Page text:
Degree For Bent Shaft Paddle?

Whats the best all around degree bend for a bent shaft canoe paddle for sit and switch paddling? I was looking at a 10 or 12 degree bend. Would you really notice the differnce between the two?

12 degree

– Last Updated: Oct-11-10 6:31 PM EST –

The bent was developed to optimize effectiveness when sitting on a canoe seat. As such. the 12 dg bend is what marathon racers have evolved to in the range from 0 to 18 degrees.

If you intend to kneel and use a bent, something near 7dg shortens your stroke and requirement for torso rotation to a far forward catch.

The 7 degree costs a lot of power on draws. prys, pushaways, etc, compared to a straight because you're more than halfway outside of " Winter's Window, the +/- 10dg range where the paddle is ~square to the stroke and effective. The 12dg, outside the "Window" is most effective for forward strokes, ~marginal for maneuvering.

Charlie, I am confuseld mightily!
“The 7 degree costs a lot of power on draws. prys, pushaways, etc, because you’re more than halfway outside of " Winter’s Window, the +/- 10dg range where the paddle is ~square to the stroke and effective”

I thought it would be just the opposite, with a straight shaft being most efficient for the “side of boat” strokes, and the 12 deg being least efficient, and the 7 being somewhere in between.

Of course, my brain is scrambled today from reading a set of instructions from a staff accountant that reads like a Monty Python skit…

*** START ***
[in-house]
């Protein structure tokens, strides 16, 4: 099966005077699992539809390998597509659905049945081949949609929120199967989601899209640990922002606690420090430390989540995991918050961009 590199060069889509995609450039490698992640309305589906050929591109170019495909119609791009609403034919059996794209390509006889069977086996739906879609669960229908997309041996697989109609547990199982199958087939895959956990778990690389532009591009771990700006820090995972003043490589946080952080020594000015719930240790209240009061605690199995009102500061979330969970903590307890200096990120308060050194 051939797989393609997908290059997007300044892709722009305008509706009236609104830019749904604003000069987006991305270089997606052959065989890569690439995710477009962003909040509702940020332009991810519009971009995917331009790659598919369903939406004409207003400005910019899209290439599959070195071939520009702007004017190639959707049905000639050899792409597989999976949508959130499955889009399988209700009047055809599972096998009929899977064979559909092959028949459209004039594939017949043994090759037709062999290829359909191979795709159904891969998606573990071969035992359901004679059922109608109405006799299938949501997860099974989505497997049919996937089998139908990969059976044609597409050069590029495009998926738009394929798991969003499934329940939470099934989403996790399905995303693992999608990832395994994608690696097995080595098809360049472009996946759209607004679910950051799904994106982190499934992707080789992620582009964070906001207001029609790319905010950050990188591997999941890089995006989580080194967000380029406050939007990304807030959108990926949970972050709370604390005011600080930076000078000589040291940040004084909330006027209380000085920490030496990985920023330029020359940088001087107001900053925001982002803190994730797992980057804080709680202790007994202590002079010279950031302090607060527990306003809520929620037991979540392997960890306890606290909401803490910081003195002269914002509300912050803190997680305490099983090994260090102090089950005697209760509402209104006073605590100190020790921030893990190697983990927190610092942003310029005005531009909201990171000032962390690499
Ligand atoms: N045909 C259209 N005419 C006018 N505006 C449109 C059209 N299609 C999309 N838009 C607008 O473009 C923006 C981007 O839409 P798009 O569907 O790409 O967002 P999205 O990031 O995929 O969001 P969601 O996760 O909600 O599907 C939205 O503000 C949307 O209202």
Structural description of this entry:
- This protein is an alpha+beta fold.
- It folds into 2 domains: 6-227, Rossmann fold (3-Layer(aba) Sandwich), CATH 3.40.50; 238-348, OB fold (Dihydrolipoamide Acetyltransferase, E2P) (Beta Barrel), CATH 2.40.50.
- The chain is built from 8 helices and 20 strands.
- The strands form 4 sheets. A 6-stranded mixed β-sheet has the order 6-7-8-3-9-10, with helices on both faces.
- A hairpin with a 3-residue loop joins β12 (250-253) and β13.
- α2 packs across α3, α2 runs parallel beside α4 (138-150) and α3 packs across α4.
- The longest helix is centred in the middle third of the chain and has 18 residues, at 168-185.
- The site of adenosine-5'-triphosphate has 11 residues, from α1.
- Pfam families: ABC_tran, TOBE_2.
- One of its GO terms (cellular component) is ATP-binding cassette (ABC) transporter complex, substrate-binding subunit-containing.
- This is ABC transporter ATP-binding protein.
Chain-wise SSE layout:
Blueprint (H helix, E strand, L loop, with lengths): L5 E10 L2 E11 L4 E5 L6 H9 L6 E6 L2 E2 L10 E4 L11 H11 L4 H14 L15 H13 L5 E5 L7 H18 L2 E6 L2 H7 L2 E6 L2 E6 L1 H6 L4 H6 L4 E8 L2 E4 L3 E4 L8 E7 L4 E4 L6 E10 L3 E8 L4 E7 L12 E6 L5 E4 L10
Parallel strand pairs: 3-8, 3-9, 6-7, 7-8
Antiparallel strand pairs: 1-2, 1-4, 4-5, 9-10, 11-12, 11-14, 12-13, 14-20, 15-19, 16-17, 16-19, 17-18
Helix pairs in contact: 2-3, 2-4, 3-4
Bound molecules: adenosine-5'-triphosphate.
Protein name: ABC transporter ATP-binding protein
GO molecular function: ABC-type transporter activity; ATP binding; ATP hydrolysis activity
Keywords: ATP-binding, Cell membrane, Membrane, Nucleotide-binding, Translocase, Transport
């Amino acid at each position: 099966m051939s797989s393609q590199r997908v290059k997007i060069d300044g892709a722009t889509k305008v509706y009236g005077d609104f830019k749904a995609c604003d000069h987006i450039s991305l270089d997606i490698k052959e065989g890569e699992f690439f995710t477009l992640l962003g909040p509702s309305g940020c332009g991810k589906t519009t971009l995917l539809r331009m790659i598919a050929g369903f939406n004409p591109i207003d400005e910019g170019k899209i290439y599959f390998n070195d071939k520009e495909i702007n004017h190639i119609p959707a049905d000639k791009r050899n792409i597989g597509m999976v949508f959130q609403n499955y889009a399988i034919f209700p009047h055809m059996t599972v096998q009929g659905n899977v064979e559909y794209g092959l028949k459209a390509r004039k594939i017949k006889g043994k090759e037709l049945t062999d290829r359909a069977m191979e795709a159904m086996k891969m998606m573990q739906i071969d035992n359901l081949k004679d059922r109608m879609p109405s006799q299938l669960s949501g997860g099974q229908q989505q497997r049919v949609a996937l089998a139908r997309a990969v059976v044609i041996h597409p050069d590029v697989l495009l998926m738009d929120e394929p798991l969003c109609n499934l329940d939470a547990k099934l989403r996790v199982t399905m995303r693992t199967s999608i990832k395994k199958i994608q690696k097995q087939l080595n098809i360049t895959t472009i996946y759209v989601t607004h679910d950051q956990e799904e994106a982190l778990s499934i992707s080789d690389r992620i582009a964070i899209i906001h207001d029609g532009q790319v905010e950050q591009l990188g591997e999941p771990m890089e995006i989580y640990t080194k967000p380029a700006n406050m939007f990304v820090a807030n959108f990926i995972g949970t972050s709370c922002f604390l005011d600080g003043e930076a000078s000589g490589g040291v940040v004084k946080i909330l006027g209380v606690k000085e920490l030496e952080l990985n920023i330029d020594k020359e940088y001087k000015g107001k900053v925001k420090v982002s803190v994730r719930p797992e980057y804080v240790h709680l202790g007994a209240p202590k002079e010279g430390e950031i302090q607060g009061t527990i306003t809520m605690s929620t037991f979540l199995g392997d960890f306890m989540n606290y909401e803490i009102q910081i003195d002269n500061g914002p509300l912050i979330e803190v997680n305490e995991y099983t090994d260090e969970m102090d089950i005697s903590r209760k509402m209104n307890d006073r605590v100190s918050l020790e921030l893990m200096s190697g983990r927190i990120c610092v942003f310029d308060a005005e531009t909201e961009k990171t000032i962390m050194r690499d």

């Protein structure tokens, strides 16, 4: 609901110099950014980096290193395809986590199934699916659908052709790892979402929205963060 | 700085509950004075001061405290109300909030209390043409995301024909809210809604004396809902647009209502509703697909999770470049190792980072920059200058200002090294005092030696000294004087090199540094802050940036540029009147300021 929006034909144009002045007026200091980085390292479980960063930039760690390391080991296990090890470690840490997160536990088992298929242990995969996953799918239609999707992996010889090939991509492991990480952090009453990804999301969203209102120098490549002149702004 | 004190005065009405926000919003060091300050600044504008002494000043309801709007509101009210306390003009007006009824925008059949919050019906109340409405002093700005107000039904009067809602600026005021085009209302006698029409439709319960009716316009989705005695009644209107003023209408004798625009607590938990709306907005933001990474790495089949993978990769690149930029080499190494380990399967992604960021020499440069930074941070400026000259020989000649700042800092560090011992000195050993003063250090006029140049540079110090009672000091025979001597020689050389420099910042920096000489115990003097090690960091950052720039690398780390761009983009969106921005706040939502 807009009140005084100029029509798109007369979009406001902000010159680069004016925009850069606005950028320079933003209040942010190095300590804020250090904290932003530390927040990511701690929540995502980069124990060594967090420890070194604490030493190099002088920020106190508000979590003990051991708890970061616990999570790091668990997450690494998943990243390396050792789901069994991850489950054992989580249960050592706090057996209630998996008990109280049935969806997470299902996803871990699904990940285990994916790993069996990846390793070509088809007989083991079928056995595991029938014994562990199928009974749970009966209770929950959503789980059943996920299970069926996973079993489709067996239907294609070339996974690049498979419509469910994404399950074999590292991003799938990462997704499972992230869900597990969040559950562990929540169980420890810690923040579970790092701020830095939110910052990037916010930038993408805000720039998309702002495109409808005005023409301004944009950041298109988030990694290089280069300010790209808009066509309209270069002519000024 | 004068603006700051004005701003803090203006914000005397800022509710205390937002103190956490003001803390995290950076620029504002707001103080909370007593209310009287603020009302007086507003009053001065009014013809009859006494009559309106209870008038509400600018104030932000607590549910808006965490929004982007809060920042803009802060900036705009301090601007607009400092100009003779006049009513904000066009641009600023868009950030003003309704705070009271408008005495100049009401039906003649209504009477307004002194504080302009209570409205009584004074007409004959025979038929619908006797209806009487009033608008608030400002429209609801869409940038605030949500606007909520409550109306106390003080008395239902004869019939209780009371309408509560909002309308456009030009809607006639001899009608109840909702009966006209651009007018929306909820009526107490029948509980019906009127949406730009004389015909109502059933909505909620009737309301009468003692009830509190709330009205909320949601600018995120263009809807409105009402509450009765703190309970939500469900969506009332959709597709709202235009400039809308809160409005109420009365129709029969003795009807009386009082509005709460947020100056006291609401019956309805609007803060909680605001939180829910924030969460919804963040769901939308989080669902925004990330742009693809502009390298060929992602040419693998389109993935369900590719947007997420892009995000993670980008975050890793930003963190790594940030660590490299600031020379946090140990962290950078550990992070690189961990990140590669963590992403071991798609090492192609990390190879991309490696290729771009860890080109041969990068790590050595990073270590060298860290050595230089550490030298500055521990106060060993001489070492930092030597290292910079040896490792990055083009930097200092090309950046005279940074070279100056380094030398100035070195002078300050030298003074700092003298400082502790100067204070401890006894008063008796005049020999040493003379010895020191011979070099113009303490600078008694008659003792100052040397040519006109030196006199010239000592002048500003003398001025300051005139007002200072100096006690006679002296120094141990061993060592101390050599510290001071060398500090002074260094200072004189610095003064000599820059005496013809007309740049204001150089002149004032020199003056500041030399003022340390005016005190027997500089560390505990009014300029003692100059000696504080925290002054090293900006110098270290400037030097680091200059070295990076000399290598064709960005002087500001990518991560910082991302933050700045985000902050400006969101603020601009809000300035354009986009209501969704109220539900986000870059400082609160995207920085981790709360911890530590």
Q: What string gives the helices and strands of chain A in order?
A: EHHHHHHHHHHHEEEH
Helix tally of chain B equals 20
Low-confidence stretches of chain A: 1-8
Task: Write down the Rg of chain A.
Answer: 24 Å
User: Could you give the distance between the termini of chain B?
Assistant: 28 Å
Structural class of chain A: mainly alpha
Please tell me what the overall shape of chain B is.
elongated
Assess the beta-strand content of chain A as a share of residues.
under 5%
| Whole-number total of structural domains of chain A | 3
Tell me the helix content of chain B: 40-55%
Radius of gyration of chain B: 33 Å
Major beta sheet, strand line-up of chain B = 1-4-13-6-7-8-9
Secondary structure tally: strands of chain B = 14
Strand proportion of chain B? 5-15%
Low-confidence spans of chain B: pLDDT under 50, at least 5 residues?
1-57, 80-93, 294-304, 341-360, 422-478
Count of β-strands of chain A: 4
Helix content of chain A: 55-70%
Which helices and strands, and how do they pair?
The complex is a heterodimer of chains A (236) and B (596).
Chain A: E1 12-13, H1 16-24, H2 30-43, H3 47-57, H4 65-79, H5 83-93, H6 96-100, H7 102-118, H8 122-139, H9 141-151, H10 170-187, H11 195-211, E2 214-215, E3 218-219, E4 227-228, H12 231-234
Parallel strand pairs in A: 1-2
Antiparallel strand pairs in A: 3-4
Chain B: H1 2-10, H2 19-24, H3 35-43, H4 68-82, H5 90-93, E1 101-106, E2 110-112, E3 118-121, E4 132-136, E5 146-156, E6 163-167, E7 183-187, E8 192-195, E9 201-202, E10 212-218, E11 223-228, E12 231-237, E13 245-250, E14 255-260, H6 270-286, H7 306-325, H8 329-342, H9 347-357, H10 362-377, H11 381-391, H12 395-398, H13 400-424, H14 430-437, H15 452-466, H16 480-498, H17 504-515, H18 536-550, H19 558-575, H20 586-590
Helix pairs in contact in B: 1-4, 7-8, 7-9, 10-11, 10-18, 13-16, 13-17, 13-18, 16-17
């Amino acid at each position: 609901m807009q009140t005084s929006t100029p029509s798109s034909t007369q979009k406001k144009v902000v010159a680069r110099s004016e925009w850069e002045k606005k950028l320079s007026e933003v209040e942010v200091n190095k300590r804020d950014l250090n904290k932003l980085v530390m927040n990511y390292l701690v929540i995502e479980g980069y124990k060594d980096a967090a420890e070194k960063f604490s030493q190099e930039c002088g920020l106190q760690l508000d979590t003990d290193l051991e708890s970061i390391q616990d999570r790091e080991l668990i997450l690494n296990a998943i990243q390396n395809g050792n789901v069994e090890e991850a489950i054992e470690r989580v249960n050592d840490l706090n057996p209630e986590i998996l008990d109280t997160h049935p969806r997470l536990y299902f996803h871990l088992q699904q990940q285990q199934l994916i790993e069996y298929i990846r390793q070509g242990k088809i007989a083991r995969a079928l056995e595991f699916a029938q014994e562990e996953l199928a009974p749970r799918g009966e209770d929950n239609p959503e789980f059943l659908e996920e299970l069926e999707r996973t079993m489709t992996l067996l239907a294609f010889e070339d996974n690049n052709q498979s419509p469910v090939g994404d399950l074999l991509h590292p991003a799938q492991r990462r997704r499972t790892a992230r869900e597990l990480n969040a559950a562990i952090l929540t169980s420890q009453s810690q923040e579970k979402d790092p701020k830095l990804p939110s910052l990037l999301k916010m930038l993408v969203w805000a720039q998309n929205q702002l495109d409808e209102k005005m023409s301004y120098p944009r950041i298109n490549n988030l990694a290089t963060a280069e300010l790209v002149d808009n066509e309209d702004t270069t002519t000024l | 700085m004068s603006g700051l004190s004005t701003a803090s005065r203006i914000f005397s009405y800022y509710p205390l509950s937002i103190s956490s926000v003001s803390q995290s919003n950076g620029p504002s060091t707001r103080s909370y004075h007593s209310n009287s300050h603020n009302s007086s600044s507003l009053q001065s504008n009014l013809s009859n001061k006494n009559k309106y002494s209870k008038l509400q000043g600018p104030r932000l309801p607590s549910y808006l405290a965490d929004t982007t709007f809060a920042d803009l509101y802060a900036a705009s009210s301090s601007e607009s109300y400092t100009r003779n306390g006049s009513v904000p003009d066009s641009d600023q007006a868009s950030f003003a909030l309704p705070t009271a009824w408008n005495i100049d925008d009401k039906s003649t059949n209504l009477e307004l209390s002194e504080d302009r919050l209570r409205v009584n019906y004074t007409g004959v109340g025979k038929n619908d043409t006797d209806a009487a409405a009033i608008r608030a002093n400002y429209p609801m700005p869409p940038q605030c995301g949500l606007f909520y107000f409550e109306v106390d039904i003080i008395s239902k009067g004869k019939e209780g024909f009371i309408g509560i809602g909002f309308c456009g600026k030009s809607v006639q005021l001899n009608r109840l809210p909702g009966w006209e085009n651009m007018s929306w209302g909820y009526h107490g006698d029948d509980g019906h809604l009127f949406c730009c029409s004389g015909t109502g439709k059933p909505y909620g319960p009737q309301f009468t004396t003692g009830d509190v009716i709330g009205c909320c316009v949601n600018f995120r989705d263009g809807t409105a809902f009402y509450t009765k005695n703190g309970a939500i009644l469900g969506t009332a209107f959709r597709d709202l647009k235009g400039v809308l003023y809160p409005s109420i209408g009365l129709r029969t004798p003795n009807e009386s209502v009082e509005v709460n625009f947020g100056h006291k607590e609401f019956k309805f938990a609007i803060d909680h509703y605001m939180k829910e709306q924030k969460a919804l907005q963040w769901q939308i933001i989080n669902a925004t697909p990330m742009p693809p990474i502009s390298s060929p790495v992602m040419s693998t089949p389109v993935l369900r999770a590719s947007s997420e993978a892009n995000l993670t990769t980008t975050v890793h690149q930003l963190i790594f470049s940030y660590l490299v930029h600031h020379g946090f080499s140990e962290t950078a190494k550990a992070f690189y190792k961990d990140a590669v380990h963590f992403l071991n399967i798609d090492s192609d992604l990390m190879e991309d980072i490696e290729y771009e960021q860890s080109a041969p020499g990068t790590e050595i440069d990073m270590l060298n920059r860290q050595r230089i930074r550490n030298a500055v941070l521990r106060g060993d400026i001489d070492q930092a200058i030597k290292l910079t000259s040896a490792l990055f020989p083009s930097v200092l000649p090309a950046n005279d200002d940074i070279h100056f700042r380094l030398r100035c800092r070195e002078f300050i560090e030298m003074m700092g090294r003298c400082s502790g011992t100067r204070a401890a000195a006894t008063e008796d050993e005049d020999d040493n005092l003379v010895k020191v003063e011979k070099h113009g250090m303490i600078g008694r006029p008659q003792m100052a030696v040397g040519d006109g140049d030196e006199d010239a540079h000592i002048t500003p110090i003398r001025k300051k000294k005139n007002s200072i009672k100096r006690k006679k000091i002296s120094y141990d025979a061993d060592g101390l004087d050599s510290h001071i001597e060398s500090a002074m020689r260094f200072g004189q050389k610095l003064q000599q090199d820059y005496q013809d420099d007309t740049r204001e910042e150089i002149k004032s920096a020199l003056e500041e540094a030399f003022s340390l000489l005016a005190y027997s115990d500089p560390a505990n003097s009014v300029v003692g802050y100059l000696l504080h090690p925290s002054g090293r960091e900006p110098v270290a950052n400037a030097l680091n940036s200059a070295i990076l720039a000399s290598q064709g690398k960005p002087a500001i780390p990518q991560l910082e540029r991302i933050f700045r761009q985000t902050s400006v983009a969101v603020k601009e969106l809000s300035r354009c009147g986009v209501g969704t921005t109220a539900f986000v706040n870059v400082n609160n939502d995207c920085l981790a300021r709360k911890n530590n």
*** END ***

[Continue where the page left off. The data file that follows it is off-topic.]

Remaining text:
All racers now say 12 degree
If we’re talking Minnesota switch paddling from a SITTING position, marathon racers, as CEW has said, have settled on 12 degrees after beginning up around 15.

Outrigger racers were using 10-11 degree sticks about 5 years ago, but I see the Mudbrook paddles are now featured at 12 degrees.

Hence, the entire community of SITTING racers seem to have settled on 12.

If you want to use a bent while kneeling, as I and a lot of other paddlers do, you may want to try less of a bend – something in the 7 to 10 degree range. But it’s not really a big deal to use a 12 degree kneeling; you just have to adjust your entry and exit points slightly.

I am confused too
but I didn’t have a bad day at work.

I would have thought the 12 degree worst, seven somewhat least worse and straights the best for sideways work. Unless you flip it over of course.

I hesitate to interpret CEW
But on the other hand, I have spent a lot of my life interpreting the tax code and the Bible.

So … I think he meant a 7 degree bend “costs a lot of power” compared to a straight shaft paddle.

another view
My belief is that if kneeling in a solo canoe and using a bent one must be willing to sacrifice certain strokes so that more efficiency can be gained on the forward. Certain in-water recoveries and maneuvering strokes are affected or even eliminated for some paddlers. My preference for what it’s worth, is to strive for an efficient forward stroke with a straight shaft so that these sacrifices are not necessary. If choosing this philosophy one should begin paddling with a straight. Neither approach is superior, just an individual choice.


Well, now it makes sense.
Assuming that CEW was lumping 7s and 12s together and comparing them to straights, then, yes, one DOES sacrifice power and control. I’ll drink to that!


I don’t think Charlie was going that far. His approach is correct for bents. He just didn’t open up the wider issue of bent vs. straight. In my discussions with CEW he well recognizes the advantages and limitations of each style.


to be mentioned as contradictory as the bible and as muddled as the tax code, but there you have it. Several significant others have said similar things, perhaps with a more scatelogical bend.t

I’ve re-written the original post for the literal amongst us. The 7dg bend compromises several maneuvering strokes, the 12 dg compromises those strokes even more.